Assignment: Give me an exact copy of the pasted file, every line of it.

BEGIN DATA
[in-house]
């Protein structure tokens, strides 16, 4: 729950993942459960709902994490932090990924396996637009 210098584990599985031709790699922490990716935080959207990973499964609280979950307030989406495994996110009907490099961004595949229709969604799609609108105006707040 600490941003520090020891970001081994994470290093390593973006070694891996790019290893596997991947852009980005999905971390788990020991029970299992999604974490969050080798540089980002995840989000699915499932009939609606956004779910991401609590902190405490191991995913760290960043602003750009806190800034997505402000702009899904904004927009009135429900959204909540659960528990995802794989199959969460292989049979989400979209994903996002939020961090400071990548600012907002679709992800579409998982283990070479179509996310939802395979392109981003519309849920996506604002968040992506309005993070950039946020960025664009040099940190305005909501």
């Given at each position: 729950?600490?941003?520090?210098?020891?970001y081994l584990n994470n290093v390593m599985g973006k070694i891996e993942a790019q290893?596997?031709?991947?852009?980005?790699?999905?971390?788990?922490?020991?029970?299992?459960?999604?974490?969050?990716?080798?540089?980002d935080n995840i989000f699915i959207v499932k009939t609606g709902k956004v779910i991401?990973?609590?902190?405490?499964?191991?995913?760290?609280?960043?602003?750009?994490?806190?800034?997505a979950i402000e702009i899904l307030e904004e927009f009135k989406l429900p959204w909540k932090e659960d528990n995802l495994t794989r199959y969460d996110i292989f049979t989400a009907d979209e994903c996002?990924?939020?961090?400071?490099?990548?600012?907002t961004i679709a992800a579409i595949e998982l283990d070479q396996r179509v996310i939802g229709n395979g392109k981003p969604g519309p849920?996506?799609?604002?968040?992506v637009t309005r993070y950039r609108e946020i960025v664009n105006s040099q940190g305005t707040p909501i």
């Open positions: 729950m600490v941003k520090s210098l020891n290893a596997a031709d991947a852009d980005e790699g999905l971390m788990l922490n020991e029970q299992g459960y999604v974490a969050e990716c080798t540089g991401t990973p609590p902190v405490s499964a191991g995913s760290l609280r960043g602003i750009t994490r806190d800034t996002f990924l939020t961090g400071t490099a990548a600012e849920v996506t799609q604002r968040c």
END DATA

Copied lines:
[in-house]
């Protein structure tokens, strides 16, 4: 729950993942459960709902994490932090990924396996637009 210098584990599985031709790699922490990716935080959207990973499964609280979950307030989406495994996110009907490099961004595949229709969604799609609108105006707040 600490941003520090020891970001081994994470290093390593973006070694891996790019290893596997991947852009980005999905971390788990020991029970299992999604974490969050080798540089980002995840989000699915499932009939609606956004779910991401609590902190405490191991995913760290960043602003750009806190800034997505402000702009899904904004927009009135429900959204909540659960528990995802794989199959969460292989049979989400979209994903996002939020961090400071990548600012907002679709992800579409998982283990070479179509996310939802395979392109981003519309849920996506604002968040992506309005993070950039946020960025664009040099940190305005909501």
């Given at each position: 729950?600490?941003?520090?210098?020891?970001y081994l584990n994470n290093v390593m599985g973006k070694i891996e993942a790019q290893?596997?031709?991947?852009?980005?790699?999905?971390?788990?922490?020991?029970?299992?459960?999604?974490?969050?990716?080798?540089?980002d935080n995840i989000f699915i959207v499932k009939t609606g709902k956004v779910i991401?990973?609590?902190?405490?499964?191991?995913?760290?609280?960043?602003?750009?994490?806190?800034?997505a979950i402000e702009i899904l307030e904004e927009f009135k989406l429900p959204w909540k932090e659960d528990n995802l495994t794989r199959y969460d996110i292989f049979t989400a009907d979209e994903c996002?990924?939020?961090?400071?490099?990548?600012?907002t961004i679709a992800a579409i595949e998982l283990d070479q396996r179509v996310i939802g229709n395979g392109k981003p969604g519309p849920?996506?799609?604002?968040?992506v637009t309005r993070y950039r609108e946020i960025v664009n105006s040099q940190g305005t707040p909501i």
């Open positions: 729950m600490v941003k520090s210098l020891n290893a596997a031709d991947a852009d980005e790699g999905l971390m788990l922490n020991e029970q299992g459960y999604v974490a969050e990716c080798t540089g991401t990973p609590p902190v405490s499964a191991g995913s760290l609280r960043g602003i750009t994490r806190d800034t996002f990924l939020t961090g400071t490099a990548a600012e849920v996506t799609q604002r968040c």